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Spain Sets Wind Power Generation Record, posted in Industry, Wind Farms, Wind Power.

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Spain Sets Wind Power Generation Record

News » Energy | Biofuels | Environment | Hydrogen | Solar | Transportation | Wind
March 13th, 2009 - View Comments

Spain Wind Power By generating 40% of the energy required by wind Spain set a world record last week. When high winds blew through north-west Spain on Thursday, a massive 11,180 MW was generated. Of course the wind energy farms were helped by one of the strongest spells of fierce winds experienced by the region recently.

Spain has been at the forefront of producing clean energy, especially wind energy. By producing 11.5% of its overall energy through wind turbines Spain has become the 3rd largest producer of wind energy after Germany (2nd) and US (1st). Whereas many European countries like the UK are dragging their feet around the figure of 7300 MW, Spain has an ambitious target of achieving 20,000 MW by 2010.

The major companies working in the wind energy generation segment in Spain are Iberdrola, Acciona and Endesa.

At their peak production performance, Spain’s wind turbines were working at 69% of the maximum theoretical potential. Among the top three wind generation producing countries in the world Spain is producing around 16,000 MW, Germany around 24,000 MW and the US around 25,000 MW, consequently, enjoying the first place. Even after being the biggest producer of wind energy, America still produces just 1% of its total energy requirements and that is why Spain was able to set the record.

The figures came as the World Wildlife Fund praised Spain’s rapid move into renewable energies. Spain has also earned praises from WWF for its overall effort in developing renewable energy during the past 12 years. By the next year Spain aims to meet 30% of its annual electricity demand from renewable sources.

What do you think?

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  • Greg

    That all sounds very nice but what’s stopping them from going 100% renewable? They just pumped 4 billion into the failing auto-industry and will pump billions more into the recession hit sectors, how about investing in renewables to achieve 100% by 2012?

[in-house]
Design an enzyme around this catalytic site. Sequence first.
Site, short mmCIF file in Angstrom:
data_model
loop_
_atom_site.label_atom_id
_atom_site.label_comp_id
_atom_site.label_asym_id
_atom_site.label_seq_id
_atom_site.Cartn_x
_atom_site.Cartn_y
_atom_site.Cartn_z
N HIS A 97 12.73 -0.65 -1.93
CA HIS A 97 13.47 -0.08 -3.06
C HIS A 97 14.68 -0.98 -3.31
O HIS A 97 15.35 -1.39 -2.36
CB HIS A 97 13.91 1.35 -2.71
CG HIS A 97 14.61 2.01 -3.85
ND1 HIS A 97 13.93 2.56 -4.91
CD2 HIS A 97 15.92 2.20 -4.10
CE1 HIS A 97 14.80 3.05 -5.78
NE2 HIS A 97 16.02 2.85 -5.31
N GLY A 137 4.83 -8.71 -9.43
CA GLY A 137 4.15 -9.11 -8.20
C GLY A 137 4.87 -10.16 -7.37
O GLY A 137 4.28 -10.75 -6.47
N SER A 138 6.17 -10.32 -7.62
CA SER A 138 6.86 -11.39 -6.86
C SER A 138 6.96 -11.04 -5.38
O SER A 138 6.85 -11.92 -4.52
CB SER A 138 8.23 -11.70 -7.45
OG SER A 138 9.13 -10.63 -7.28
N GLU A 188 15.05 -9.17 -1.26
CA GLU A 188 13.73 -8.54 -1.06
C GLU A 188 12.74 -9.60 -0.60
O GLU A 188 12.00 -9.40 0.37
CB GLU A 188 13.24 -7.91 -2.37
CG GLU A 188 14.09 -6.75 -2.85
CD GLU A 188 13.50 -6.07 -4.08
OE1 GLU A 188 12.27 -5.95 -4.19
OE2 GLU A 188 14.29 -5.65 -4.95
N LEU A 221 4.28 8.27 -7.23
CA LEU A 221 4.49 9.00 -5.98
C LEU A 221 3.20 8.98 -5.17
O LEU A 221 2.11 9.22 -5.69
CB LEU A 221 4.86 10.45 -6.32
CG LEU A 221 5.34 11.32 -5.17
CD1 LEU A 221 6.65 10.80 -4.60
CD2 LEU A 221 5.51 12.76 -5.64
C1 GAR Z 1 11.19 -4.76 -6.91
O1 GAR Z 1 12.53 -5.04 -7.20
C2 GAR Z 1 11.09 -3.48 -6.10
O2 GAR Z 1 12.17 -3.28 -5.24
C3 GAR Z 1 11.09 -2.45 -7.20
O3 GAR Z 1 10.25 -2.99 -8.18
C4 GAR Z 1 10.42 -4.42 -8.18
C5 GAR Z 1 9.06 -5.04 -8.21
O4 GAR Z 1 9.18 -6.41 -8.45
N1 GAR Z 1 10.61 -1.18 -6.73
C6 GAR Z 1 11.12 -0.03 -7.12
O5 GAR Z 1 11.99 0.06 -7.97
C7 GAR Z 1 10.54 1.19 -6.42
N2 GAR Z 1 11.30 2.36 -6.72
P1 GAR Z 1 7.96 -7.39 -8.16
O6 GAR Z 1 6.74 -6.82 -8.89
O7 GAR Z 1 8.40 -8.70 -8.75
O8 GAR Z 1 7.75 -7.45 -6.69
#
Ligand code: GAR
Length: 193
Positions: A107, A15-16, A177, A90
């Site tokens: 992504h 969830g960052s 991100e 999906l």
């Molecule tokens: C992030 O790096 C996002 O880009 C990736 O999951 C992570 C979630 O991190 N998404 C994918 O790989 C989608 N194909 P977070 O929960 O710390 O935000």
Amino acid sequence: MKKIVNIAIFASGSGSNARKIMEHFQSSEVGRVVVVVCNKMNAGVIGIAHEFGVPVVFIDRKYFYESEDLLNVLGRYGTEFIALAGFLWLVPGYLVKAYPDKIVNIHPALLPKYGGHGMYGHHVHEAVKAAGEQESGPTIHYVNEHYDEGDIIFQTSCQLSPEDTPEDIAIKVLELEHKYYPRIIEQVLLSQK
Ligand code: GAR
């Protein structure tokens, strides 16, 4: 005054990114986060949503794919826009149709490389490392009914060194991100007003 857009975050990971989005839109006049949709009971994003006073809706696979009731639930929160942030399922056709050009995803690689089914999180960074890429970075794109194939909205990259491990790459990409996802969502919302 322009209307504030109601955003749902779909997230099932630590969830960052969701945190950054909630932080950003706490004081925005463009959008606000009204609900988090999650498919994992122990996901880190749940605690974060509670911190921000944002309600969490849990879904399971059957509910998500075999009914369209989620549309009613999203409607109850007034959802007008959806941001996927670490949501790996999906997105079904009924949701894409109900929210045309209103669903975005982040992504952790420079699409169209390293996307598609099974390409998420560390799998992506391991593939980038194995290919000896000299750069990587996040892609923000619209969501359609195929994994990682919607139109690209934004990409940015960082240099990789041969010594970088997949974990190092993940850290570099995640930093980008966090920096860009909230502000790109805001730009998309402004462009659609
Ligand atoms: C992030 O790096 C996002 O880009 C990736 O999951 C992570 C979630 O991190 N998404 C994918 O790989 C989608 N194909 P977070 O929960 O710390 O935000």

• Nacho

    With the actual technology it is almost impossible achieving 100% renewable. To get it you need to combine lot of different kind of energies and it is so expensive. We need time and money to keep investing and creating new technologies, in order to achieve 100& renewable, but today it is almost impossible.

  • Greg

    You think solar is expensive? How much do you think it will cost to protect, guard, and store nuclear waste for the next 10,000 years???? In any case solar energy has dropped dramatically in cost over the past 10 years. It is expensive long-term and a huge mistake NOT to invest in solar.

  • RIF

    Spain is doing really well in renewable energies. Beside this massive investment in wind Spain is also on the forefront in solar PV and solar thermal.

    In 2008 Spain installed 2.4GW of new solar PV, by far the largest increase by any country.

    Also last year Spain built the Andasol 1 solar thermal power plant, the first large plant (50MW) with heat storage to allow power generation after sundown. The next Andasol 2 plant is under construction.

  • jes

    I think it is possible to do 100 percent now. But they probably don’t want to spend money on something that they feel is not the ultimate source of renewable energy. Technology is so volatile right now, that even as I type, better tech is being developed to upgrade new contraptions. Don’t you just hate it when you buy something then six months later some braniac puts an improvement on it that makes the old model seem less efficient or worst, obsolete.

  • Barbara

    We´ve been travelling around Spain for the past 3 weeks and have been very impressed with the acres and acres of both solar and wind power generators we have seen. Our homeland – Australia – has NOTHING like the vast expanses of alternative energy generators on display here. Good on you Spain!

  • Chris

    Spain’s investment in the Green Economy only cost them 20% unemployment. It cost them 2 private sector jobs for every green job they “created”.

  • styke

    As Chris mentions, Spain over-invested in green technology. It is a business. Underinvestment is bad and over-investment is bad. Also, opinions differ as to where the right cutoff is. That is one reason the government can’t really be involved. The government forces a “one size fits all” approach, which sucks for everyone.

  • Javi

    Chris, don’t talk about you don’t know. The huge unemployment tax is because of the dependence of the construction and secondary sector, that once boosted spain’s economy now is the reason of a world crisis, mainly in spain where the mobiliary sector took a huge load due to speculation.

    Energy industry did not cost any jobs.

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